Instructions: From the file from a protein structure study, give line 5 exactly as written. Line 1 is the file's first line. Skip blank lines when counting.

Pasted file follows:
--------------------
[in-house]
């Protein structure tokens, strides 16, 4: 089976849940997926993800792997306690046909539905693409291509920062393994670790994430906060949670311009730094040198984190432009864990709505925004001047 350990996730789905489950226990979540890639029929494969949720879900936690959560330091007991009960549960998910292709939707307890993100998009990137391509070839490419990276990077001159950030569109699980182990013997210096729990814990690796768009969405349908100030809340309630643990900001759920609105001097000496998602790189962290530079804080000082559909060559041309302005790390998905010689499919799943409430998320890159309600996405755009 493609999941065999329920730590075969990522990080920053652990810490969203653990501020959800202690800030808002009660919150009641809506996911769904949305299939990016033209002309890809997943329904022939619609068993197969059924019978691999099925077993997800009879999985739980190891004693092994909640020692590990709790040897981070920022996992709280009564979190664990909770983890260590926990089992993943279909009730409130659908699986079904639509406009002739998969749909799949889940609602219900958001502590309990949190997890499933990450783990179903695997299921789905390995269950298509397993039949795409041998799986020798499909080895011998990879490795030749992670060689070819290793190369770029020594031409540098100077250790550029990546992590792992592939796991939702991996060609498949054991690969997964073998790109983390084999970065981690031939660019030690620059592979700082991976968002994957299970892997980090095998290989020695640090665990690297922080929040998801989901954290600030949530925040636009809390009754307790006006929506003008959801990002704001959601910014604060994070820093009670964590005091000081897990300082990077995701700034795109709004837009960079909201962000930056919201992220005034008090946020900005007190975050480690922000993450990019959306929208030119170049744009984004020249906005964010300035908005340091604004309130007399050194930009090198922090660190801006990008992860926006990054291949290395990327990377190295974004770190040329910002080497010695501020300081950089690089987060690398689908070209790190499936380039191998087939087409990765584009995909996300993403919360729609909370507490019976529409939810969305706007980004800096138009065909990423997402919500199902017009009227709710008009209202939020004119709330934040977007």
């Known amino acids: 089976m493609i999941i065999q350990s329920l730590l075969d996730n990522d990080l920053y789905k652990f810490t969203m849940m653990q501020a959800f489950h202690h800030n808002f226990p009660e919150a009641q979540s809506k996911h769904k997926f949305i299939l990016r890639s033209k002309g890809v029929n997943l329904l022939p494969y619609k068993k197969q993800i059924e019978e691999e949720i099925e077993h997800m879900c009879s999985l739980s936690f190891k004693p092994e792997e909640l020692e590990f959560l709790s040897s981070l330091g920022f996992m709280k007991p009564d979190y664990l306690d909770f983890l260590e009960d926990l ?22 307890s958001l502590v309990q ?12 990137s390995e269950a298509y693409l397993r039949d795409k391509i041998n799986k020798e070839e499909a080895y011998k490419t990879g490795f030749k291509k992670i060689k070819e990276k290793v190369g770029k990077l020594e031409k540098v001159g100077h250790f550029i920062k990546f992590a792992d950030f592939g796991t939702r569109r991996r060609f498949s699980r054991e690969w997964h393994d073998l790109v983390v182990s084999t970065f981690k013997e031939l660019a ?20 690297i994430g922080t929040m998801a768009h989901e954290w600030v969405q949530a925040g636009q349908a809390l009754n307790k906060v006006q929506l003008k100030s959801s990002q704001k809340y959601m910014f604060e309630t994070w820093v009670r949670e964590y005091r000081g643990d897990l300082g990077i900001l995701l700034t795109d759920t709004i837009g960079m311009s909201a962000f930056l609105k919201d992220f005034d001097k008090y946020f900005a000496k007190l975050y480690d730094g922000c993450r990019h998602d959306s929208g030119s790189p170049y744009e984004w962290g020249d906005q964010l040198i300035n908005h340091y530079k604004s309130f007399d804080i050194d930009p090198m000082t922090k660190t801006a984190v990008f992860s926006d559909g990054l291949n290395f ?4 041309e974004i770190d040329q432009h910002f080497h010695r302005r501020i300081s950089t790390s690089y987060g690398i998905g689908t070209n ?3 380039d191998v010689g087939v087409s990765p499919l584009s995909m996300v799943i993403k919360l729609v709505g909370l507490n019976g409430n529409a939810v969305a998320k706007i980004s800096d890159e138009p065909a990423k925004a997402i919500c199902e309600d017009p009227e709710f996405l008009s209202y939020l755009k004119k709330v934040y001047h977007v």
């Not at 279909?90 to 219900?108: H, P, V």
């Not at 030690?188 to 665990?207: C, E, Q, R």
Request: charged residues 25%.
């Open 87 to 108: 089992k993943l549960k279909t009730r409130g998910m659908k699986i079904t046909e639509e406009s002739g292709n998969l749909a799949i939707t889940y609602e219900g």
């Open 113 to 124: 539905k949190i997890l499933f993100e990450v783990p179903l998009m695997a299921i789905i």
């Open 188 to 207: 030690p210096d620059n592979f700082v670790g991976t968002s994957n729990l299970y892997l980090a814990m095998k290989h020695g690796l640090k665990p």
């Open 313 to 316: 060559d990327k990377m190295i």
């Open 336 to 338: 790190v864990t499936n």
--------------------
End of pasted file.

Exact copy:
């Not at 030690?188 to 665990?207: C, E, Q, R």